After all, who wants to melt to death in front of others? Of course, a slow death over the course of a nuclear winter -- like the dinosaurs after a meteor strike blotted out the sun -- is no bargain either.

Our security then is vulnerable to breaching by not only two separate forces, but two types of threats. For that we owe a debt of thanks to Bush & Co., who, as is common knowledge by now, thought 9/11 gave them carte blanche to make the world safe for free markets (free, that is, to run rampant over local economies).

But reading "House of War" by James Carroll (Houghton Mifflin, 2006) reminds us that the current administration may have brought us to a precipice, but it didn't lead us down the path to the cliff's edge. President Harry Truman, in exaggerating the Soviet threat like the current administration does fanatical Islam, was nearly as literal-minded as Bush. Also, authorizing not only two atomic bomb strikes, but the development of the exponentially more destructive hydrogen bomb, he bears much responsibility for nuclear proliferation in the ensuing years.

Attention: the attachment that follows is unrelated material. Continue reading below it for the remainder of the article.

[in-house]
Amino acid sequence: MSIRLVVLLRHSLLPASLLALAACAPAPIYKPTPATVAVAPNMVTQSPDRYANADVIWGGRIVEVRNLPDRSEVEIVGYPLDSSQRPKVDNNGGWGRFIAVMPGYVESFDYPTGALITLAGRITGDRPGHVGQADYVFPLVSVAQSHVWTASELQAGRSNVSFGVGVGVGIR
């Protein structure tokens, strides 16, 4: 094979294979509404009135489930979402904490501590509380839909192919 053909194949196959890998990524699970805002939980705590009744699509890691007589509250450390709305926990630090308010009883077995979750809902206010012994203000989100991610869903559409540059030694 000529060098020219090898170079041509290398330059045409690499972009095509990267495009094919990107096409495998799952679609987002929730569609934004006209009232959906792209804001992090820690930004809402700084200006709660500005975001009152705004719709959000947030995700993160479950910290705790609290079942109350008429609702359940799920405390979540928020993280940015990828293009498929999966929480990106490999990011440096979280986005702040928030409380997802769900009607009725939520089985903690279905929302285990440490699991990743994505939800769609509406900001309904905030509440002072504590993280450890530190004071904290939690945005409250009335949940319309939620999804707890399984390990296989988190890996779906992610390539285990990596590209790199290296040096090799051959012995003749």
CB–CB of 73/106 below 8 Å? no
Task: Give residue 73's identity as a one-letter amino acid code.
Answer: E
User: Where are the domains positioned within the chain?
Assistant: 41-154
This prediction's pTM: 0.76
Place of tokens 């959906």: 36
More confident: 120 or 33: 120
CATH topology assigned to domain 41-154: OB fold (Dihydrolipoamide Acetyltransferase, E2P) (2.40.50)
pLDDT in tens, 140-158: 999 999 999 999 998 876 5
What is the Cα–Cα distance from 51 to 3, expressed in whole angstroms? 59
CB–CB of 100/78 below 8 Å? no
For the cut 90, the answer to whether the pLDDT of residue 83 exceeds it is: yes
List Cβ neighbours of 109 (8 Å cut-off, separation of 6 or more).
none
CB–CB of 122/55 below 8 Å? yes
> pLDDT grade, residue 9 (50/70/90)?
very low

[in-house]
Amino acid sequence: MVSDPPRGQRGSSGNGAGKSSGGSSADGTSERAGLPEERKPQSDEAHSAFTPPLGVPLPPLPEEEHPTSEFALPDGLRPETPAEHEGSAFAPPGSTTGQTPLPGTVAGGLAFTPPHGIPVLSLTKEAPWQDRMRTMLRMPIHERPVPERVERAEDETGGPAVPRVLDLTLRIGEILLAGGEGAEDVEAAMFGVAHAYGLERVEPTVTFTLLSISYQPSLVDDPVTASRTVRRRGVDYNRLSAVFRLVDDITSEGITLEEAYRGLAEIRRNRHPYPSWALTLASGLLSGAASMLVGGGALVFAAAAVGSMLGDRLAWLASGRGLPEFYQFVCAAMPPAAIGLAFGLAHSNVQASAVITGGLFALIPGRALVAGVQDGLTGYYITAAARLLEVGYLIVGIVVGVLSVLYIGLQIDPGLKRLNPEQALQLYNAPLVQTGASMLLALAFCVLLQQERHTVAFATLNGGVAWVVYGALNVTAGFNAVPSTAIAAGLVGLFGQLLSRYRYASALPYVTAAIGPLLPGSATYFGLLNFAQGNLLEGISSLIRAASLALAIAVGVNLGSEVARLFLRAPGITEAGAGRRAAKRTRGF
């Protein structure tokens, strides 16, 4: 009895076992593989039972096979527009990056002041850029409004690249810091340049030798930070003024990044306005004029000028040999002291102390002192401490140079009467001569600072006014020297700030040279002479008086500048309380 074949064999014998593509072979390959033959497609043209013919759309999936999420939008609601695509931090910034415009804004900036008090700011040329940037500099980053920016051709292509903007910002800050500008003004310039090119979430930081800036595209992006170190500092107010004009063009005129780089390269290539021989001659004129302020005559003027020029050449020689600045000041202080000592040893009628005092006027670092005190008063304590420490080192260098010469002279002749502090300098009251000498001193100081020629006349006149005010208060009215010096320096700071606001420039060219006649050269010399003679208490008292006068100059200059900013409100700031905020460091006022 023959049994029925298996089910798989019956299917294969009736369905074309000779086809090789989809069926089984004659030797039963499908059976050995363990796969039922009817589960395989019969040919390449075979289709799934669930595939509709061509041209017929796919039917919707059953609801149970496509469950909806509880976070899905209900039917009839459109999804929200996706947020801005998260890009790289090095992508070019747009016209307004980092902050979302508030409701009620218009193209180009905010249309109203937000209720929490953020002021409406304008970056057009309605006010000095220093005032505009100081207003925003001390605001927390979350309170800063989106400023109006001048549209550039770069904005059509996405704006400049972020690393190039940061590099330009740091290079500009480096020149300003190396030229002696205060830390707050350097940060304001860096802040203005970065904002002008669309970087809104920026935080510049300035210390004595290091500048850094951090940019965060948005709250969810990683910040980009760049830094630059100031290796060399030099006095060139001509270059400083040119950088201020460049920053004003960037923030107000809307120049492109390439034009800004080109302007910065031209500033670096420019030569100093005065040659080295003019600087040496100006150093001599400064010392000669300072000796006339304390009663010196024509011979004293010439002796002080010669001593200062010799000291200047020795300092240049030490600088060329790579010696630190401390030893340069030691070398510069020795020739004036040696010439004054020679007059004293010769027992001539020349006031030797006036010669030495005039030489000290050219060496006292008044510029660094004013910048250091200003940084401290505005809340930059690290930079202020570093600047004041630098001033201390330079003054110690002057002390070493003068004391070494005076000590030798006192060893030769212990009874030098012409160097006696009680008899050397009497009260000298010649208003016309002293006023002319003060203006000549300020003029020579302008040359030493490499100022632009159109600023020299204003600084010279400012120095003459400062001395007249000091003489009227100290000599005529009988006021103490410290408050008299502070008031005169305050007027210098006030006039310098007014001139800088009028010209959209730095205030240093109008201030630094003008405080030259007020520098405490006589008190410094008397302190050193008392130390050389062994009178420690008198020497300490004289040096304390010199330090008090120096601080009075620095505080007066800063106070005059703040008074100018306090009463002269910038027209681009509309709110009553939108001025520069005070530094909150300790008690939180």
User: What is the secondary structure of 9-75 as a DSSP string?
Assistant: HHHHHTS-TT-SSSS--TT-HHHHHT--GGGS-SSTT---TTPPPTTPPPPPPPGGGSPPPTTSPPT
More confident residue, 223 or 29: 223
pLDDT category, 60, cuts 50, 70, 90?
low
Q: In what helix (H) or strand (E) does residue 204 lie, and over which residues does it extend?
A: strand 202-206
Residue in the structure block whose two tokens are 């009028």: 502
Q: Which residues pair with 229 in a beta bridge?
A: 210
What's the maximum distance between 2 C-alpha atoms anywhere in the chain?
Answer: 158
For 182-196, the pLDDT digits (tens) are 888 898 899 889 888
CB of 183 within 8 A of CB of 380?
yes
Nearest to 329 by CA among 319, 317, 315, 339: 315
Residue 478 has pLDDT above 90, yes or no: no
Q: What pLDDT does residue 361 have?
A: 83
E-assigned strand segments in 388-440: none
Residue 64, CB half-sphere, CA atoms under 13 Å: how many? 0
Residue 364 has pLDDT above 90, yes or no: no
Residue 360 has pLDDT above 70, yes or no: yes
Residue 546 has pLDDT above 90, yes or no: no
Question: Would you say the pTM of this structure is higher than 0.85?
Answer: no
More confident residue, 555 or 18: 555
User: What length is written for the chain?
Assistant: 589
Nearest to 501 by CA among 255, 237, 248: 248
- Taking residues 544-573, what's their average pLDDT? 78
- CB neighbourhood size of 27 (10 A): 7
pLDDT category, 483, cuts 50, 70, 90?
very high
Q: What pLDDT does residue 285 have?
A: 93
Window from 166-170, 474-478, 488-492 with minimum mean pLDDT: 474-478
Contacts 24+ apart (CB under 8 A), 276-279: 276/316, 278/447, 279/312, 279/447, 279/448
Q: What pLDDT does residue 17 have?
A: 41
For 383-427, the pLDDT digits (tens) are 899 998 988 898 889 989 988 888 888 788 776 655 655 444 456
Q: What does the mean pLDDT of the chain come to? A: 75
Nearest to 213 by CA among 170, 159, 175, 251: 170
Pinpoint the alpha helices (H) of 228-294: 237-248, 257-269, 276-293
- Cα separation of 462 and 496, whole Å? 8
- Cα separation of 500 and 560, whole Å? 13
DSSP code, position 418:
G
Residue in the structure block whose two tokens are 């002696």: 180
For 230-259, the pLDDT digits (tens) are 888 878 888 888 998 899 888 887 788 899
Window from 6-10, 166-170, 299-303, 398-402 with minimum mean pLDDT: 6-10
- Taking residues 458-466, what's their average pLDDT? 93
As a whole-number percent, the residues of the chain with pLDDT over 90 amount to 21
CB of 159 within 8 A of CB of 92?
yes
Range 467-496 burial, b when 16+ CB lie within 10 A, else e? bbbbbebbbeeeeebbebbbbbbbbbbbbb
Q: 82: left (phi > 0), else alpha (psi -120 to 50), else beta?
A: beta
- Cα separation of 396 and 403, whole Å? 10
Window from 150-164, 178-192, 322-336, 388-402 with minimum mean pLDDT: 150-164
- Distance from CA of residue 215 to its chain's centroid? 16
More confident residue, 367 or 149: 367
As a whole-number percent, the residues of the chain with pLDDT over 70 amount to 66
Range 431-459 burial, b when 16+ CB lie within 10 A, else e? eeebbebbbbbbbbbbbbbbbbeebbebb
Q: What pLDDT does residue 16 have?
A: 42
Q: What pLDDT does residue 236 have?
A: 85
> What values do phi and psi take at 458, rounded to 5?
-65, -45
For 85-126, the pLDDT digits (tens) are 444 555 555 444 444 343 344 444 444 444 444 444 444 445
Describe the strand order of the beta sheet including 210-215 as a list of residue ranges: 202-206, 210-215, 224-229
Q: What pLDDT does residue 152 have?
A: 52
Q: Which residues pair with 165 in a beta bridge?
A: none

We also helped create non-state actors hostile to us by funding the mujahadeen fighting the Russian occupation of Afghanistan, which has been called Russia's Vietnam. In the interim, Iraq became an encore presentation of America's Vietnam while Iran looms as a rerun of Cambodia. Also, when arming them, we failed to foresee that today's mujahadeen, viewing the US through the same lens as Russia, would become tomorrow's jihadi.